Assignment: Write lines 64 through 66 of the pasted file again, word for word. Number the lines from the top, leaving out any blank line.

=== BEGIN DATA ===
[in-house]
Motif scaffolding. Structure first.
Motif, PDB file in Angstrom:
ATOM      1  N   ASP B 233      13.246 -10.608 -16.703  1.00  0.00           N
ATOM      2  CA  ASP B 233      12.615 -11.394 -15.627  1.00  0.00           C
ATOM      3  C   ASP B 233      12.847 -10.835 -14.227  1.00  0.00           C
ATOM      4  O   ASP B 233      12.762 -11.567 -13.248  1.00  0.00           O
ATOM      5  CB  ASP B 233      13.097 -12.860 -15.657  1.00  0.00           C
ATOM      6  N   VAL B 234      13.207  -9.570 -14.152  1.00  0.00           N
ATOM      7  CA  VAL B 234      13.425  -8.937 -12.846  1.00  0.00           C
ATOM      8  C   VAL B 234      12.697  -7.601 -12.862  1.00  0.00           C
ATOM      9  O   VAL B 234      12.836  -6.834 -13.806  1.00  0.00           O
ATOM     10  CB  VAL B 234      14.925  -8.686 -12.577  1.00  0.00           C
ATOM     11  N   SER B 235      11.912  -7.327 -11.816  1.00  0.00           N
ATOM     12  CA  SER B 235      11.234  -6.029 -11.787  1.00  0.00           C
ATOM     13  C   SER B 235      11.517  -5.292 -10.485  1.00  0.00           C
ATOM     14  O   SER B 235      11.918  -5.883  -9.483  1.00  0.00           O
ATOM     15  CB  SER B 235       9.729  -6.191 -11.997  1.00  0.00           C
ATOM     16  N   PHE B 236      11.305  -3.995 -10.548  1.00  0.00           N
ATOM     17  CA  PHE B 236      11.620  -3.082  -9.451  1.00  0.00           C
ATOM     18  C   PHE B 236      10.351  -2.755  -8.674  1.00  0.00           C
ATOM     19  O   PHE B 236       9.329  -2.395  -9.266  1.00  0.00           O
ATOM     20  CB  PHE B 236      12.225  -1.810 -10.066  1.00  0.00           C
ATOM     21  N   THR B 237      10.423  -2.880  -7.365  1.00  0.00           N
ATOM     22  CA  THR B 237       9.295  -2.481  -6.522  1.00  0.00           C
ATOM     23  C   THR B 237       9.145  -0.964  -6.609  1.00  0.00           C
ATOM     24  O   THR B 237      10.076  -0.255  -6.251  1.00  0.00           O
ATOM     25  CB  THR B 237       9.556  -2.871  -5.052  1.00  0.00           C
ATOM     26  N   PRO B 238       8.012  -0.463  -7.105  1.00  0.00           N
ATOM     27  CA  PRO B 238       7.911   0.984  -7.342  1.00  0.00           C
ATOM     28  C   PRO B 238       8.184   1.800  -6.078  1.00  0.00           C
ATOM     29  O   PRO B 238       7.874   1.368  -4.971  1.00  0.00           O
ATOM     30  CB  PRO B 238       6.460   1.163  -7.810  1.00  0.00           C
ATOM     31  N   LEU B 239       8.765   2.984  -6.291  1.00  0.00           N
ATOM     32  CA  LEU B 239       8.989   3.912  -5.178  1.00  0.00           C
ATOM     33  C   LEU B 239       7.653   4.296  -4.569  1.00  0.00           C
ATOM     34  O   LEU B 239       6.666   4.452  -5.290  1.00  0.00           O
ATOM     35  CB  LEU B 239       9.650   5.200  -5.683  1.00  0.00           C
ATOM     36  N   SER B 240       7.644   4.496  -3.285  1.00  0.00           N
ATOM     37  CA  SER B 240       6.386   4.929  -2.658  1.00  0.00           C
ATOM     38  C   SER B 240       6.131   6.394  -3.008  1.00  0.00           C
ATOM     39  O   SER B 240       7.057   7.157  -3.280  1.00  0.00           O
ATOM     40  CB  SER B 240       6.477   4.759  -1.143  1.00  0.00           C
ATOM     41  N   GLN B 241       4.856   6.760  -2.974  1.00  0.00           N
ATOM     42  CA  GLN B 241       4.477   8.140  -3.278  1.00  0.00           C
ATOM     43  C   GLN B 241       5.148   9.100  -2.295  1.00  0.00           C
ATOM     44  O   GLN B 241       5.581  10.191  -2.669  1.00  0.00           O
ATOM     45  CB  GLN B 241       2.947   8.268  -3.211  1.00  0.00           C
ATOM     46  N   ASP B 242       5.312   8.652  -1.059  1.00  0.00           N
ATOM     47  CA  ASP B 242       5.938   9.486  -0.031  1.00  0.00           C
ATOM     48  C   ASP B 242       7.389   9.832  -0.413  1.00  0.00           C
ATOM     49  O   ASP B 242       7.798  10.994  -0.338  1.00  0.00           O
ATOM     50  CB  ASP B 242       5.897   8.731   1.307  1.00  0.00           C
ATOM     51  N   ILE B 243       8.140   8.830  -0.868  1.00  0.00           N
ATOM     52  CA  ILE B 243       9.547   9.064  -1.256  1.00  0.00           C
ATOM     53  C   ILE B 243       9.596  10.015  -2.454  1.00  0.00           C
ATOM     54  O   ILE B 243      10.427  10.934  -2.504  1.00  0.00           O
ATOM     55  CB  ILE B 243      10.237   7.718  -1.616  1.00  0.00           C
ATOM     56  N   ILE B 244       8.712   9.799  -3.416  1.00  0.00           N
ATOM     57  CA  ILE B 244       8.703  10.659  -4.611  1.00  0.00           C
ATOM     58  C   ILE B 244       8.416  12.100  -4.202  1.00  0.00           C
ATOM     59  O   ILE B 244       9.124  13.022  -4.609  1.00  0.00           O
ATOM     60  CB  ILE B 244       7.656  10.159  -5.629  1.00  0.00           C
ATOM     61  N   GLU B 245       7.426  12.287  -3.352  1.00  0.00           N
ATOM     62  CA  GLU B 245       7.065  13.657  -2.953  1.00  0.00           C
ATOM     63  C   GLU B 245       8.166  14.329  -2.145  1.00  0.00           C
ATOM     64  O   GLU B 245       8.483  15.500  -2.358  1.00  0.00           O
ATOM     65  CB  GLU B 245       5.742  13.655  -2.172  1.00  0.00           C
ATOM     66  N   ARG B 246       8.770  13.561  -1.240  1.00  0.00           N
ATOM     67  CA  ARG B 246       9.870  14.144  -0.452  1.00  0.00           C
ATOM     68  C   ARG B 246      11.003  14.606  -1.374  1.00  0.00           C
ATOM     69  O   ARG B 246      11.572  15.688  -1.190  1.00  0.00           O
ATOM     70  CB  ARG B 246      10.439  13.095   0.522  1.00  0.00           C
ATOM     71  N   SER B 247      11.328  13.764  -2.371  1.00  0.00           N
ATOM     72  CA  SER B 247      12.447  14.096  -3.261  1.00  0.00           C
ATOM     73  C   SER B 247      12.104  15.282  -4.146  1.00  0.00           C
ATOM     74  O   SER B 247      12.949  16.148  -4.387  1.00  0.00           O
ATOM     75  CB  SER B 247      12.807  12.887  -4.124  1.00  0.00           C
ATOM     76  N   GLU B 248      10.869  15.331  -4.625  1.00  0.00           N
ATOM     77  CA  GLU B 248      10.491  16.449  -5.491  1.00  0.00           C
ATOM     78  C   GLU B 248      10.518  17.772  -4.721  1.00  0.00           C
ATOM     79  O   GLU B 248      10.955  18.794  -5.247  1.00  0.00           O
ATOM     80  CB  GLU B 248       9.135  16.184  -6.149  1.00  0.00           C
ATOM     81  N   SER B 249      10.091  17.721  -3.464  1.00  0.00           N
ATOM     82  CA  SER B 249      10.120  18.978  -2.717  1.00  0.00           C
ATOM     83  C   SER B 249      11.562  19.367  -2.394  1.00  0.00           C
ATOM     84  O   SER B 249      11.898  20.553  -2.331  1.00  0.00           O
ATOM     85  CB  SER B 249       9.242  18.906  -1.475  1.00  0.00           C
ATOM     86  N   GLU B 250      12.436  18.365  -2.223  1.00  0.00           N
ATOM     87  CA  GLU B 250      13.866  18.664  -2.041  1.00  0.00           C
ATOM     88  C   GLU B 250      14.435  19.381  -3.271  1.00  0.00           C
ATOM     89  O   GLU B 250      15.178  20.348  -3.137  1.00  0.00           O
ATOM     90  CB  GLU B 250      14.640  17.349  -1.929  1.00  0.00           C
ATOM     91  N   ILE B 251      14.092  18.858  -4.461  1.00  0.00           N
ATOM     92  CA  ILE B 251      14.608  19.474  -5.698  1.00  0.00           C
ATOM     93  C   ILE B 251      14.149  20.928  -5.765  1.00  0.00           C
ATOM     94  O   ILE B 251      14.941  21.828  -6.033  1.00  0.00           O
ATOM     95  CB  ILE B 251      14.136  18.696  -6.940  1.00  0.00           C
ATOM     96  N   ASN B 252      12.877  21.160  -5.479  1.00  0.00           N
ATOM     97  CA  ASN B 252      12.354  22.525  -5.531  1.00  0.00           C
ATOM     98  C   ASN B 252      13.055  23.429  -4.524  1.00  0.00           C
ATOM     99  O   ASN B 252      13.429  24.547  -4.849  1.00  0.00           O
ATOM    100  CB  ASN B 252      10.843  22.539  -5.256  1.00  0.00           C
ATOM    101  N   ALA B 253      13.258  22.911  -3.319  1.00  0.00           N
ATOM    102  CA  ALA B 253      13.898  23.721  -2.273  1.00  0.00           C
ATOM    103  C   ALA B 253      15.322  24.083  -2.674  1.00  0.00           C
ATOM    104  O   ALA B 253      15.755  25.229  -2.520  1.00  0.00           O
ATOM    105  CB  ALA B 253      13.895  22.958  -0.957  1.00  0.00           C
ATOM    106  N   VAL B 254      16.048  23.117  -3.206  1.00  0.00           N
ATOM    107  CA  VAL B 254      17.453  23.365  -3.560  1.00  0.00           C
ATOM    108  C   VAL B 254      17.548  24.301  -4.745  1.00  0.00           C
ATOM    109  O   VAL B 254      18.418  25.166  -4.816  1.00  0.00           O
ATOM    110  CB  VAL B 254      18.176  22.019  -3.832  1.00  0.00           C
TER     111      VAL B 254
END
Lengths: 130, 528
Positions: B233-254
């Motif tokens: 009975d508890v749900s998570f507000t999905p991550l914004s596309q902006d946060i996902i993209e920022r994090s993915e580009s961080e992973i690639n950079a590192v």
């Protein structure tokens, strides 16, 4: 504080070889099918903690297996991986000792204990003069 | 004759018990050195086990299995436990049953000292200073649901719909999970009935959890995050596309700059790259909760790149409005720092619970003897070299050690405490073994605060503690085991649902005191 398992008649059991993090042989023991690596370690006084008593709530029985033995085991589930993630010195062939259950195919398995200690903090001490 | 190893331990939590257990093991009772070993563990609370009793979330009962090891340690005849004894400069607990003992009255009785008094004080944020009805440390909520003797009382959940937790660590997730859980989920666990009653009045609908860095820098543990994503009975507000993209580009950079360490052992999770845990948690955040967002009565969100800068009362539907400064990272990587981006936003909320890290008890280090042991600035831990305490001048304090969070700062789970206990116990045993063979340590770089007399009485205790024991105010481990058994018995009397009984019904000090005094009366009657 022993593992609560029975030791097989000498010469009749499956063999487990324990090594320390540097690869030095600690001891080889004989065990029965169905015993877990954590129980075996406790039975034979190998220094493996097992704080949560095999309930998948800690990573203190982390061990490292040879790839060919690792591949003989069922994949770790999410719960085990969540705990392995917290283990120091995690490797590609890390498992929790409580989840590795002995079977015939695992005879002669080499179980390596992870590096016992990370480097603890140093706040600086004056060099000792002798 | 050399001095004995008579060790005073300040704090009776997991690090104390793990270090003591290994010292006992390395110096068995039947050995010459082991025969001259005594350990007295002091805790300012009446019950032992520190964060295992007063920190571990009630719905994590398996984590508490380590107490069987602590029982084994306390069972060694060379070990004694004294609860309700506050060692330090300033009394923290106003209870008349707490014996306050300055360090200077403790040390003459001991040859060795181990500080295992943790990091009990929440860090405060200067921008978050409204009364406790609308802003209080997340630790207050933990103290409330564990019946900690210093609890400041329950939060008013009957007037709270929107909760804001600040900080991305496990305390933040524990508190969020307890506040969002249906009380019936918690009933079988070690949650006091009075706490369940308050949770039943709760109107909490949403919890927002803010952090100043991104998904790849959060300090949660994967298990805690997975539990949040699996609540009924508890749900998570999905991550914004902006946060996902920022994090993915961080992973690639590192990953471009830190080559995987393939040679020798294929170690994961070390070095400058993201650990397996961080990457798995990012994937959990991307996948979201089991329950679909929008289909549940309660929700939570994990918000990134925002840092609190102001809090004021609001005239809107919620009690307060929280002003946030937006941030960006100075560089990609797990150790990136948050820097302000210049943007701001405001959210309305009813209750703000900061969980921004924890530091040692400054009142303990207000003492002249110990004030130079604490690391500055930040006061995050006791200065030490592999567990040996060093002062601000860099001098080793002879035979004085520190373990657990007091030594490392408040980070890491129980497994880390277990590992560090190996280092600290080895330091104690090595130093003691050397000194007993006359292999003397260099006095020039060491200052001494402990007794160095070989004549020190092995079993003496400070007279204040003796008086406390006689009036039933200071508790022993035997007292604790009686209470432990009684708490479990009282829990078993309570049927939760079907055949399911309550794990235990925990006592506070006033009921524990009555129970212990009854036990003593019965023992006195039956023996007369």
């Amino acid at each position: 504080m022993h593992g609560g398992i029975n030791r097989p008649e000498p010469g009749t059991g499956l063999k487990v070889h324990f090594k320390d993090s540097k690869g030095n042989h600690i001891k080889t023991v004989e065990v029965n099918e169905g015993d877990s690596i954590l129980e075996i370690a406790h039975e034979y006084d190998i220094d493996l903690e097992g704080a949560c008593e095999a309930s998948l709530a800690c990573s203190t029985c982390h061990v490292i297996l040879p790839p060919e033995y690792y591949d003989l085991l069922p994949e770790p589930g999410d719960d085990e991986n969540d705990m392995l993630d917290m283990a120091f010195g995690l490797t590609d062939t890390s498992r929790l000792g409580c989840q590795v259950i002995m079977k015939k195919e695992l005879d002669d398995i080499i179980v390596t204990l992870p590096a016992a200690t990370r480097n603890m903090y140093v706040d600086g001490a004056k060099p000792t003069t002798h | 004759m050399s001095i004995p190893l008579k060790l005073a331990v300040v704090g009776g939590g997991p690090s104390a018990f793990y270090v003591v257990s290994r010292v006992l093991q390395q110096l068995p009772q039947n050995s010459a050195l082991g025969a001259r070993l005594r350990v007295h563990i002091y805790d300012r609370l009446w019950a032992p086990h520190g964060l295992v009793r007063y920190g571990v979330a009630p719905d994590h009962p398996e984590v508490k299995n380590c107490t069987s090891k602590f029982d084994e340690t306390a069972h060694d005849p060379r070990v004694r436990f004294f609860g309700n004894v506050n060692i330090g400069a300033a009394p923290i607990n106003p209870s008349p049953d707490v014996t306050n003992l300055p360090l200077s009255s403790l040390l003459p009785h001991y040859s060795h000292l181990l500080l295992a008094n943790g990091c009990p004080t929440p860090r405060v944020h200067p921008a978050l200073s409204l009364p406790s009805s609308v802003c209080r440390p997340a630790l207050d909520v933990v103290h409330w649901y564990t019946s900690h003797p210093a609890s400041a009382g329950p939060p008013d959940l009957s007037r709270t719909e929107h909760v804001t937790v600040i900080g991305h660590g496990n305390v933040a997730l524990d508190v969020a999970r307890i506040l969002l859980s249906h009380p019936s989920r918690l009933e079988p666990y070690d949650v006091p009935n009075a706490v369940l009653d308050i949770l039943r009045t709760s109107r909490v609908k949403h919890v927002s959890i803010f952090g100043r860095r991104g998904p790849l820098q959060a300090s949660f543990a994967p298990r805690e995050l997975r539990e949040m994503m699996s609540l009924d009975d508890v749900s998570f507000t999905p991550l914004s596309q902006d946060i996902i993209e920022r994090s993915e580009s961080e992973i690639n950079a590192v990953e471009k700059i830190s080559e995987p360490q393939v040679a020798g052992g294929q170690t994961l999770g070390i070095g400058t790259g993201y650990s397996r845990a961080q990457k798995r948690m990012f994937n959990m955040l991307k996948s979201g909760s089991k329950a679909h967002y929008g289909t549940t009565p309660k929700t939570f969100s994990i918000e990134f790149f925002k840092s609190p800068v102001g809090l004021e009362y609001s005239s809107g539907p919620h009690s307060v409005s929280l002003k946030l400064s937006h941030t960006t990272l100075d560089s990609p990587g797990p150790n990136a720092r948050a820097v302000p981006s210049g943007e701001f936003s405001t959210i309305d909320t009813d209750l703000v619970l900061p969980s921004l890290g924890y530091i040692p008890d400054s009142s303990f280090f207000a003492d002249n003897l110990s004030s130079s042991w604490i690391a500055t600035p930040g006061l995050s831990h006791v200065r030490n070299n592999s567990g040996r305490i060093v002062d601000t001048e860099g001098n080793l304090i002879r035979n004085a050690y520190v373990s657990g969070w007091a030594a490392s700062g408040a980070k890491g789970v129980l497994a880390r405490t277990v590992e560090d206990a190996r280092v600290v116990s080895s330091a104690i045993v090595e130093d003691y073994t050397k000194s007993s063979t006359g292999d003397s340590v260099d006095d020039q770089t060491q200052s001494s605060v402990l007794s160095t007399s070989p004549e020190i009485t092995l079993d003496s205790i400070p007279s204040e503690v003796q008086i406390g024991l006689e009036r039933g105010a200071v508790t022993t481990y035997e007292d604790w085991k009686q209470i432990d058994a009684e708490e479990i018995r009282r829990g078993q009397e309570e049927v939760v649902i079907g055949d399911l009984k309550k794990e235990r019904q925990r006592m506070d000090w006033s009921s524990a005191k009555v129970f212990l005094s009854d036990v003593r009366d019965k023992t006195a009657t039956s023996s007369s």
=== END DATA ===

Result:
ATOM     61  N   GLU B 245       7.426  12.287  -3.352  1.00  0.00           N
ATOM     62  CA  GLU B 245       7.065  13.657  -2.953  1.00  0.00           C
ATOM     63  C   GLU B 245       8.166  14.329  -2.145  1.00  0.00           C